When you have all your bills paid off and have the extra cash or time you can consider other things. Get enough cash together and good multi units are a better investment than most fixed income assets. But fixed income will never beat the return when you take active involvement in your investments. Rentals are not discussed a lot here because it is easier to use something creative to gain the higher returns by active involvement.

Rentals are OK - but its Not Fast Money - Posted by Frank Chin

Posted by Frank Chin on September 02, 2001 at 14:32:30:

Hi Nathan:

There’s a number of people on this board who pursue the “buy and hold” rent it out strategy. DanT for one just gave you a good answer. I believe others include Lor, David Krulac and Ron*Star to name a few more.

Then there are the reluctant accidental ones.

It took nearly 20 years for me to get to a point where the passive income exceeds my expenses. I did it way back with earlier retirement in mind. Up to a year ago, I held a job, and managed a number of 3 family MF’s here in New York.

The trick is to buy cheap and start off with at least breakeven cash-flow, making provisions for maintenance, roofs, and so on. As time goes on, and the rent and thus passive income increases. The big payoff is when the mortgage gets paid off. I’m some years away from that.

Based on your post, you already know that.

As for selecting the right kind of property, keep in mind rental is a business where you are serving customers (tenants), which makes some properties easier to rent than others. And when a property is easier to rent, you get a better choice of tenants and have less headaches later on.

Things to Consider:

1- When renting a SFH with 3BR’s or more, or MF’s with 3BR units, you’ll be renting to people with children, and good schools is an issue. You can try renting to several singles, but I find them less stable as they last no more than two years (or two days in one instance). Familes stay for years, and the place is usually kept in better shape.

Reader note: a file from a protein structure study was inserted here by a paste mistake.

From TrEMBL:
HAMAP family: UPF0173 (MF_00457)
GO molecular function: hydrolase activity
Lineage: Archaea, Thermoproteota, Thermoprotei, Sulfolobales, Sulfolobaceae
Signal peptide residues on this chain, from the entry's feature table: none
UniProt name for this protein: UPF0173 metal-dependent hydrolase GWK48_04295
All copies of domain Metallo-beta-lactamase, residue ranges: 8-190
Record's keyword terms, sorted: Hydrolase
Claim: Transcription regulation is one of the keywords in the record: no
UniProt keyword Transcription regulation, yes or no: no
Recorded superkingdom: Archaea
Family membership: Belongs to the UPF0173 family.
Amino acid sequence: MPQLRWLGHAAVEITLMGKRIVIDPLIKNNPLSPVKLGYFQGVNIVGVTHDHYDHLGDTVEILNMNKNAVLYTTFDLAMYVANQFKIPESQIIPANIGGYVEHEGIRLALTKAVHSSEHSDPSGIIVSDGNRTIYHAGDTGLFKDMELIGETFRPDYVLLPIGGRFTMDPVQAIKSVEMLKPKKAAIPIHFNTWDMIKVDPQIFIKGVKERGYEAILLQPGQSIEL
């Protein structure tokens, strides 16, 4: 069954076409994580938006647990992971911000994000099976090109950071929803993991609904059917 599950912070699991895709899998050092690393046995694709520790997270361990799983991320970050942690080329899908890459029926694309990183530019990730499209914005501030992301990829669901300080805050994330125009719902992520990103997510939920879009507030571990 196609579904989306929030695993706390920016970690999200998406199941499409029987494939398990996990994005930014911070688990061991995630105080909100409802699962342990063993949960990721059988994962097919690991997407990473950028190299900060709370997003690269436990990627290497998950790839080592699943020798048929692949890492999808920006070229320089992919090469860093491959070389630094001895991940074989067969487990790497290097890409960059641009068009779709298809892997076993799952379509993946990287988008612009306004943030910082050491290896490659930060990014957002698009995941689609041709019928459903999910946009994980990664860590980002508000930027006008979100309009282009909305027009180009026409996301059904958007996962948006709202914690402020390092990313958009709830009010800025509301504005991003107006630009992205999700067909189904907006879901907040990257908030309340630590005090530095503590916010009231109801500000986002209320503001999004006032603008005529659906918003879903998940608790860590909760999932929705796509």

2- In lower income blue collar (more urban)areas, access to good public transportation is a plus. This means you’re within 15 minutes walkking distance from a bus stop. Some of these families may want to make do with one car, so the husband drives to work, but the wife may take the bus. This may not be true in the more rural areas.

3- The better you maintain the place, the better tenants you’ll get. Tenants willing to rent a poorly maintained place will take even less care.

4- Easy Access to shopping. People like it when all they have to do is drive 10 minutes or less to get their hair done, pick up some fast food, and get milk or beer from a convenience store.

If you can pick up a property which can cash flow in a good school district, near public transportation and shopping, then you’ll have a gem. Putting it another way, you want to be able to rent something that everyone be fighting over, rather than the “poor credit risk” rejected everywhere else.

The other thing to keep in mind is the RE cycle. If you can buy more at the bottom of the cycle, you hang on for the rent increases. The thing working against you is I beleive we’re at the top of the cycle.

In my case, I done OK because I went through TWO up cycles, and rode interest rates down on the last down cycle.

This is NOT a strategy for making enough in TWO years to retire on. You’ll have to do flips, rehabs etc. to generate the fast cash.